September 21, 1864 (Wednesday)
Jubal Early had decided upon Fisher’s Hill, and who might blame him? It was ground with which they were familiar, and he was confident he could hold. However, there were many fewer now than there had been before. “My infantry was not able to occupy the whole line at Fisher’s Hill,” wrote Early in his memoirs, “notwithstanding it was extended out in an attenuated line, with considerable intervals.” So over-extended were they, that much of his cavalry had to be dismounted and formed along side the infantry. But even so, “the line could not then be fully occupied.”
Jubal Early’s position was a fine one, but with one flaw. While the Confederate left was as secure as it could be, the hill itself flowed into a series of valleys running perpendicular to their position. Had Early more troops, he certainly would have covered it, blocking those passage ways around his left. Instead, it was there where he placed his cavalry.
The troopers under Lunsford Lomax had been blamed for the late defeat, and Early was disgusted in their performance. However, he did not let that stop him from placing them on his left flank. He even took an entire brigade away from them, still expecting them to hold. In truth, he wasn’t expecting them to have to hold.
His choices were few. “This was the only position in the whole Valley where a defensive line could be taken against an enemy moving up the Valley, and it had several weak point,” Early confessed. He could have retreated farther south, but that would mean falling back to one of the gaps in the Blue Ridge Mountains. He was also bolstered by recent history. A month before, the Federals threatened to attack him in position on Fisher’s Hill, but never did. Early was hopeful that their fears would yet remain.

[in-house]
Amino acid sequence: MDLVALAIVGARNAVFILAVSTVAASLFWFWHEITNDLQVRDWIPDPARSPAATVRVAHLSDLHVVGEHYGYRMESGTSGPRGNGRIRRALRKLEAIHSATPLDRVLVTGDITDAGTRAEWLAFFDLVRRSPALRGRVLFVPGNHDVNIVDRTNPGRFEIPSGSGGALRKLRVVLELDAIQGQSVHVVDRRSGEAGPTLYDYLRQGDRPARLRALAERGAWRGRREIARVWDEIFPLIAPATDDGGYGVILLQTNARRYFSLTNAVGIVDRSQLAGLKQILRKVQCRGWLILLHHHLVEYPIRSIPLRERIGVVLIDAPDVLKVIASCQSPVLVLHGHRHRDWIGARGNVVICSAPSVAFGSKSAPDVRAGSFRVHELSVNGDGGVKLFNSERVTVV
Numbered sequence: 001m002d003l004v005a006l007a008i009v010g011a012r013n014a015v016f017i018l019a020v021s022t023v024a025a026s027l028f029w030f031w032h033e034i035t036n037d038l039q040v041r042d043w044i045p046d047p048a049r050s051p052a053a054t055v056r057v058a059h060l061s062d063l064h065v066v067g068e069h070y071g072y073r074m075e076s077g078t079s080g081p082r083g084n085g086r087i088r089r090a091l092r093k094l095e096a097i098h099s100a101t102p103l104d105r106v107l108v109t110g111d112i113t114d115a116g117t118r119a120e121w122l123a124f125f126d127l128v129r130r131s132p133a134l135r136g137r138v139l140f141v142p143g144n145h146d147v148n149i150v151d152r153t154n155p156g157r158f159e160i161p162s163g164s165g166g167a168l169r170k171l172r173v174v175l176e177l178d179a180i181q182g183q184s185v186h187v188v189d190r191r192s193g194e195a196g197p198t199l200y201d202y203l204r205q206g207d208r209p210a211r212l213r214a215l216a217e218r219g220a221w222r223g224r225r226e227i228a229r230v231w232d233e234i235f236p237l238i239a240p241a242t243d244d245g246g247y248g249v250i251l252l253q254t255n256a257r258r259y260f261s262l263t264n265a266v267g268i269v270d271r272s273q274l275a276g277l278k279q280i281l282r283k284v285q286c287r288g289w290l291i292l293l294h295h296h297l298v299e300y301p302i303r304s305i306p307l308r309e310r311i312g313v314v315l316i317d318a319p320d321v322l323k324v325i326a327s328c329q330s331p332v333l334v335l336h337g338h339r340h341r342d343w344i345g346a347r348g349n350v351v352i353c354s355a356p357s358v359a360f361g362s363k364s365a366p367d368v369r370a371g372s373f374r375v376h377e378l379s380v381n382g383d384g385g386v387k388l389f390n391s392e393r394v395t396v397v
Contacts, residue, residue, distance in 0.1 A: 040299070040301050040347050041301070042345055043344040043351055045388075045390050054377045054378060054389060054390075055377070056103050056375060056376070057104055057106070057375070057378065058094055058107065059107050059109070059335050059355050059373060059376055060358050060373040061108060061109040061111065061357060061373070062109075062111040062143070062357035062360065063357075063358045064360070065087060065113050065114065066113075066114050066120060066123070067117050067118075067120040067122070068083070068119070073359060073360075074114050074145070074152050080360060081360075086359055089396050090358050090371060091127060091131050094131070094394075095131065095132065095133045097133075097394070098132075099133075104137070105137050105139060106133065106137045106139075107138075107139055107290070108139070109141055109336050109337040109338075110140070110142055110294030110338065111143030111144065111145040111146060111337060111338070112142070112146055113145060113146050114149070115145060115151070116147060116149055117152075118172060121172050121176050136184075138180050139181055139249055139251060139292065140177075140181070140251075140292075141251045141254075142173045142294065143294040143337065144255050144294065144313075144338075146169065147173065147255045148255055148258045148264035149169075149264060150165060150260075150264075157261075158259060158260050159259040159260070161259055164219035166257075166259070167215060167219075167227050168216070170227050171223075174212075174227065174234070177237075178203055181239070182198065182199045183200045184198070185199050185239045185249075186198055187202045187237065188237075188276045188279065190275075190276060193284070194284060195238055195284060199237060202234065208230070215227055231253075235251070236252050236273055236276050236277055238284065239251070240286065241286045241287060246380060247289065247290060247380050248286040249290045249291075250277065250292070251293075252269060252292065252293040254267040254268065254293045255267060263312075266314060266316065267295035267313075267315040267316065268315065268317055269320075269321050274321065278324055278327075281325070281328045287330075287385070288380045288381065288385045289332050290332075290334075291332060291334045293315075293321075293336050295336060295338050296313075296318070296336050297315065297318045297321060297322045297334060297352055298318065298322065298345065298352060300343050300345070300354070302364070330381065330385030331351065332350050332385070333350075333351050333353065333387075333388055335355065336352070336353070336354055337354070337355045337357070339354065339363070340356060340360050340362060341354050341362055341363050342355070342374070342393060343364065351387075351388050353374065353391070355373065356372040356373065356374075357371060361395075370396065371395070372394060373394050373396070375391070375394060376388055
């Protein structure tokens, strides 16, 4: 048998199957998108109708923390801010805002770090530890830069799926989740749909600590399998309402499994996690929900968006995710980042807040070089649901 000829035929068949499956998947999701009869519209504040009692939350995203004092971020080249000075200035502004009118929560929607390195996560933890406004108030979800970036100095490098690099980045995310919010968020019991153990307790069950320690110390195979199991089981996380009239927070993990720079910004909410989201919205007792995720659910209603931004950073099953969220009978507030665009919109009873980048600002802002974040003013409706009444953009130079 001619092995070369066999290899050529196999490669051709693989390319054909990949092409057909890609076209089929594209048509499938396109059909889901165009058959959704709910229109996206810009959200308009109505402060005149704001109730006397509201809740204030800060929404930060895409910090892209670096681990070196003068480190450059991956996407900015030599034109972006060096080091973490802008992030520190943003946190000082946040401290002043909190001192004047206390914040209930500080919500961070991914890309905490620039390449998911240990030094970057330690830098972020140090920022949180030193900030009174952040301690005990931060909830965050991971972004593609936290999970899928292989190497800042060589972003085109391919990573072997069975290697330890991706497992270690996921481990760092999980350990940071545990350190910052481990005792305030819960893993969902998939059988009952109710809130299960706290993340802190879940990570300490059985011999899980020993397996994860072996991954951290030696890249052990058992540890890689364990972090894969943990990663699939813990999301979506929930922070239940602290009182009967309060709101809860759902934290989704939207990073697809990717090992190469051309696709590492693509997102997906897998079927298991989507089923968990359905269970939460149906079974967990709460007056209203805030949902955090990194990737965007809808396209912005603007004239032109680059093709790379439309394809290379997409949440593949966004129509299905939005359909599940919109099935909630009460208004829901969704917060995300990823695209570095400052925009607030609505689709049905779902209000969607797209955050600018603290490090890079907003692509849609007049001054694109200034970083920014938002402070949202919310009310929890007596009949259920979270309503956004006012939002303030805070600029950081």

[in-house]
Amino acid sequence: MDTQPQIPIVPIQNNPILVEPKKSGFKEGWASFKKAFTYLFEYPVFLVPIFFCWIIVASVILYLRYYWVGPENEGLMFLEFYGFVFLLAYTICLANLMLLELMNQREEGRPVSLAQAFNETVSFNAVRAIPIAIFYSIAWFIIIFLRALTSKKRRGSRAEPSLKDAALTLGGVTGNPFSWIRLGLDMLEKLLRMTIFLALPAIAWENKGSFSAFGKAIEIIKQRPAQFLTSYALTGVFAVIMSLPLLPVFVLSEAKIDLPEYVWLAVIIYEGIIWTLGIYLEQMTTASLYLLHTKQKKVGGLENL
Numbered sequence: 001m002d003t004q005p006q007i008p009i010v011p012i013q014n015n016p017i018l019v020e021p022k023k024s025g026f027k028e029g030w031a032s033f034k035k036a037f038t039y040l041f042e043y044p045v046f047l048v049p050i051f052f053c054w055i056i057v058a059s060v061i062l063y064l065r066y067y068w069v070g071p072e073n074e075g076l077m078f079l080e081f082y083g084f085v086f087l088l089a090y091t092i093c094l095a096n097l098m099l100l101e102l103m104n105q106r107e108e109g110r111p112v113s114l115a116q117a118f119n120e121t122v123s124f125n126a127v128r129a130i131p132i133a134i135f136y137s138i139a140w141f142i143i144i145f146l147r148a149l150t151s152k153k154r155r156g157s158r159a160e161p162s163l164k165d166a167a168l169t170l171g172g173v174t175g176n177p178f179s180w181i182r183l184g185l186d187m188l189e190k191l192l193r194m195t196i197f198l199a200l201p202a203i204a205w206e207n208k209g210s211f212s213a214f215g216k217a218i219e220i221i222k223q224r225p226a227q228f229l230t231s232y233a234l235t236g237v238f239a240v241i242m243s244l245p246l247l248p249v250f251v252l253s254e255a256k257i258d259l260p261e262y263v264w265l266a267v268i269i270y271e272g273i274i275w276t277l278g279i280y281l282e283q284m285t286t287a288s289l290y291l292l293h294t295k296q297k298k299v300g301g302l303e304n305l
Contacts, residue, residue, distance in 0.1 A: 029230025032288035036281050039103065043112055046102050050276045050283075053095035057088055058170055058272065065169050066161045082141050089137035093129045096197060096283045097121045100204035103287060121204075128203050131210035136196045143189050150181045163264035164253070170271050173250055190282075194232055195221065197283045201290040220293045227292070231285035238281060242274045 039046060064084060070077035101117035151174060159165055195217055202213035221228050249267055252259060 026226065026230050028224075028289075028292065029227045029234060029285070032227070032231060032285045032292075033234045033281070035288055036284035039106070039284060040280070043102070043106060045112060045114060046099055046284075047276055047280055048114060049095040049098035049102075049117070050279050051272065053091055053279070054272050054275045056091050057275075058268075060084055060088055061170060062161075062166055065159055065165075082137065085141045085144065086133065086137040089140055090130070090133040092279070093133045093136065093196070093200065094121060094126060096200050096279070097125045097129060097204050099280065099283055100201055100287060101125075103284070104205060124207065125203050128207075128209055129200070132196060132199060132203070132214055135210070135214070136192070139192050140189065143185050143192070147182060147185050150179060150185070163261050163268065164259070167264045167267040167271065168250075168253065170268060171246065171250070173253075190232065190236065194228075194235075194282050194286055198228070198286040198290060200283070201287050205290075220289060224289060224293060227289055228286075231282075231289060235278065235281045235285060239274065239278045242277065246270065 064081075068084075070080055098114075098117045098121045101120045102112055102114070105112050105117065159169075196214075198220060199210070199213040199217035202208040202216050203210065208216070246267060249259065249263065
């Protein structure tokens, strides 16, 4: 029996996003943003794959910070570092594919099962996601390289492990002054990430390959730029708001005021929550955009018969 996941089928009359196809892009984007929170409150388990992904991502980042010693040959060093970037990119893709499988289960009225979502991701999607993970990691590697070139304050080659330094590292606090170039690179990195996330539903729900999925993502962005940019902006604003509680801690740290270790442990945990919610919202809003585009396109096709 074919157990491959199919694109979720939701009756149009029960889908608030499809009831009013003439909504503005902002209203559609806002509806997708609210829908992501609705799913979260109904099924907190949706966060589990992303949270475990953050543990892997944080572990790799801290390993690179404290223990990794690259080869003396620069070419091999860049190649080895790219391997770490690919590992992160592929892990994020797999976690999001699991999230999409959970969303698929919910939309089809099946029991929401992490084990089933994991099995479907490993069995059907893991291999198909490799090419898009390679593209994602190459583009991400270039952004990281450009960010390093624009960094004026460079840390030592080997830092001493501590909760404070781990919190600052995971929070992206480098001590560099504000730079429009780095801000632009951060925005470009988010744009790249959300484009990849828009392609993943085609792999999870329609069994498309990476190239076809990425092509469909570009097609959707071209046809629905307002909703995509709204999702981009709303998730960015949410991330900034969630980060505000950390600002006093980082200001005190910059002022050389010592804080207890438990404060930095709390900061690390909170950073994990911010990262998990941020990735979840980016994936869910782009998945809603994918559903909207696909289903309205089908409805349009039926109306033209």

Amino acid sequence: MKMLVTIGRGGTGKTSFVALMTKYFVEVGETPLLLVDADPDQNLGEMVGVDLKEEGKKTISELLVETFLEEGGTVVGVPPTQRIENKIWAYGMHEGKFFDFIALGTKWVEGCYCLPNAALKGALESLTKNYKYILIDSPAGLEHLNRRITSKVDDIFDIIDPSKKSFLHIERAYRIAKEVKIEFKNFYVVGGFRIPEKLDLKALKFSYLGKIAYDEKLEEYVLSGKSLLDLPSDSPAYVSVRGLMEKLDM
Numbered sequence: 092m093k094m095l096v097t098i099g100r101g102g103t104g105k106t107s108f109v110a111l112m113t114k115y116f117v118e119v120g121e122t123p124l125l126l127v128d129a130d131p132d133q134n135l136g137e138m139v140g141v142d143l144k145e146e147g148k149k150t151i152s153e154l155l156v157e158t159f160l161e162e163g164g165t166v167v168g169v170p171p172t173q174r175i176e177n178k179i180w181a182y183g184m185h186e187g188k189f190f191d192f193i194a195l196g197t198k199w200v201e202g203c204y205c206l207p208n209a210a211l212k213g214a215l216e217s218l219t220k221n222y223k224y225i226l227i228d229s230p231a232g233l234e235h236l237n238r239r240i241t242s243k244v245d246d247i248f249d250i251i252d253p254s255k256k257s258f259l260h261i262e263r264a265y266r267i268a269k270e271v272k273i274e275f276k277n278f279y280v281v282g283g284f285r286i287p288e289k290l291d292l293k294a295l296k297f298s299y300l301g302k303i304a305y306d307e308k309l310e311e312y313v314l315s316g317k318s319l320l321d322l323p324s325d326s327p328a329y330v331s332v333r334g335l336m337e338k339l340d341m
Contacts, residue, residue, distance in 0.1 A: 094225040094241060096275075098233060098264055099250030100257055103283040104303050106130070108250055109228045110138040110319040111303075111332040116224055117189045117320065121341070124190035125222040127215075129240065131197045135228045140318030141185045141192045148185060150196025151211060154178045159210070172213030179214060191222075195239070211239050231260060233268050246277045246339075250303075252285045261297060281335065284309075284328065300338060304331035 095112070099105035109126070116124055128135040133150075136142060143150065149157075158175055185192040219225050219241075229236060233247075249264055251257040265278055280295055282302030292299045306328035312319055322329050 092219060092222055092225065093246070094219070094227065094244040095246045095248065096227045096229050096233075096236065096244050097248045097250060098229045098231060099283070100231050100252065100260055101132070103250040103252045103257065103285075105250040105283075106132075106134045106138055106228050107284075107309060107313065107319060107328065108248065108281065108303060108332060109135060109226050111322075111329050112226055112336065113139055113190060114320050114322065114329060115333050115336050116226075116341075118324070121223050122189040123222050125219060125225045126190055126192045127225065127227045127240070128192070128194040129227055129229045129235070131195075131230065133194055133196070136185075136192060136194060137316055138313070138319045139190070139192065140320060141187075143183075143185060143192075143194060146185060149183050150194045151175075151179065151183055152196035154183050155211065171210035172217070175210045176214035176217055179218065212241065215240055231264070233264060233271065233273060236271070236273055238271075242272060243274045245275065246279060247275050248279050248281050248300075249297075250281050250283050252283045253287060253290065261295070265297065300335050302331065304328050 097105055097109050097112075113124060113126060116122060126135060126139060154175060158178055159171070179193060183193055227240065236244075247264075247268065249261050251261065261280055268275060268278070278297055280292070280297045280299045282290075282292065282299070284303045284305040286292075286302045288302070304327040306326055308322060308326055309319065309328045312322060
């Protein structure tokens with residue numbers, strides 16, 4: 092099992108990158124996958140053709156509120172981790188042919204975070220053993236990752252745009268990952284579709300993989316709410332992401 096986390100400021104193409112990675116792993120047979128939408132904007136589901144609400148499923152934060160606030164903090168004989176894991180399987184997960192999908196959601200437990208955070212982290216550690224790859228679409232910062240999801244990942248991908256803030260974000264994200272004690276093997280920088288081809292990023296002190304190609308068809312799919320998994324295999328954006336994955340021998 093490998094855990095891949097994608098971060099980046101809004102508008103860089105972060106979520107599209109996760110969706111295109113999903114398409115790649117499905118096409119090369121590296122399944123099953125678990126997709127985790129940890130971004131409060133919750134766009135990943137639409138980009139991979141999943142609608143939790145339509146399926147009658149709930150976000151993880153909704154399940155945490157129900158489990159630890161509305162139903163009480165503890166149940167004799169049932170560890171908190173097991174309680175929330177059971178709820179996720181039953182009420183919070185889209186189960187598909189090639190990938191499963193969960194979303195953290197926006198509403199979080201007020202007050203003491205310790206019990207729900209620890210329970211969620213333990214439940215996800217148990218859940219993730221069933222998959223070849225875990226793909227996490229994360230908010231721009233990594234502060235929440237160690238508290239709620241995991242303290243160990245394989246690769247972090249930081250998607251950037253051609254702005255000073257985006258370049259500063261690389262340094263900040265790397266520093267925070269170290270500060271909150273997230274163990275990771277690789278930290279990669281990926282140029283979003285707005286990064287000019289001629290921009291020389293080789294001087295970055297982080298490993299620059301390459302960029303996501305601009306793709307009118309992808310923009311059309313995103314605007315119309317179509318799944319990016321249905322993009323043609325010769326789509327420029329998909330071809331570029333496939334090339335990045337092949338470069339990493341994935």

To make matters worse, Robert Rodes had been killed in the previous battle and John Breckenridge was ordered by Richmond to Southwestern Virginia. But Early held out that geography might tip the balance. He also learned that soon enough, Kershaw’s Brigade, which was ordered back to Petersburg, was soon to be turned around and send back into the Valley. It would take a few days, and perhaps he could hold off the Federals until then.
For the Federals, victoriously holding Winchester, there was no rest. Philip Sheridan saw to it that the bulk of his army was up and marching by dawn on the 20th. He pushed his cavalry south, and they found little trace of the Southerners until finally reaching Fisher’s Hill.
From noon till after dark of the 20th, the Federal cavalry was busied by reconnaissance, sussing out Early’s lines. There was even a thoughtful attempt to capture an entire brigade of infantry, but upon further consideration, the subject was forgotten.
Come the morning of this date, Union cavalry tangled with their Confederate counterparts near Front Royal, driving them south up the Luray Valley. Nearer to Fisher’s Hill, the Sixth Corps initiated a sharp skirmish with the Rebels. By evening, Sheridan was concerned.
“The enemy’s infantry occupy a ver strongly fortified position in my front, across the Strasburg Valley,” he wrote to General Grant. Before long, he was calling for reinforcements to the tune of 5,000 men. This was, at least in part, due to his belief that Early’s army consisted of at least 25,000 men. In truth, that was over 10,000 too high.
Sheridan gathered together his corps commanders, Horatio Wright, George Crook and William Emory to consider what they might do next. Sheridan had scouted the ground around Fisher’s Hill for himself and was doubtful that it could be taken by a frontal assault. That the Confederate right flank was firmly anchored upon the North Fork of the Shenandoah River left him but one choice. Fortunately for him, the Confederate left was held by a thin line of gray cavalry.
It was General Crook who suggested the wide swing around Early’s left. Sheridan thought it might work, while Wright and Emory wanted nothing to do with it. After a parlay with Crook’s division commanders, Rutherford B. Hayes and Joseph Thoburn, they ironed out the plan for the following morning. They would march at 5am the next morning.1
- Sources: Official Records, Series 1, Vol. 43, Part 2, p119, 121-122; Personal Memoirs by Philip Sheridan; A Memoir of the Last Year of the War For Independence by Jubal A. Early; Sheridan in the Shenandoah by Edward Stackpole; From Winchester to Cedar Creek by Jeffry D. Wert. [↩]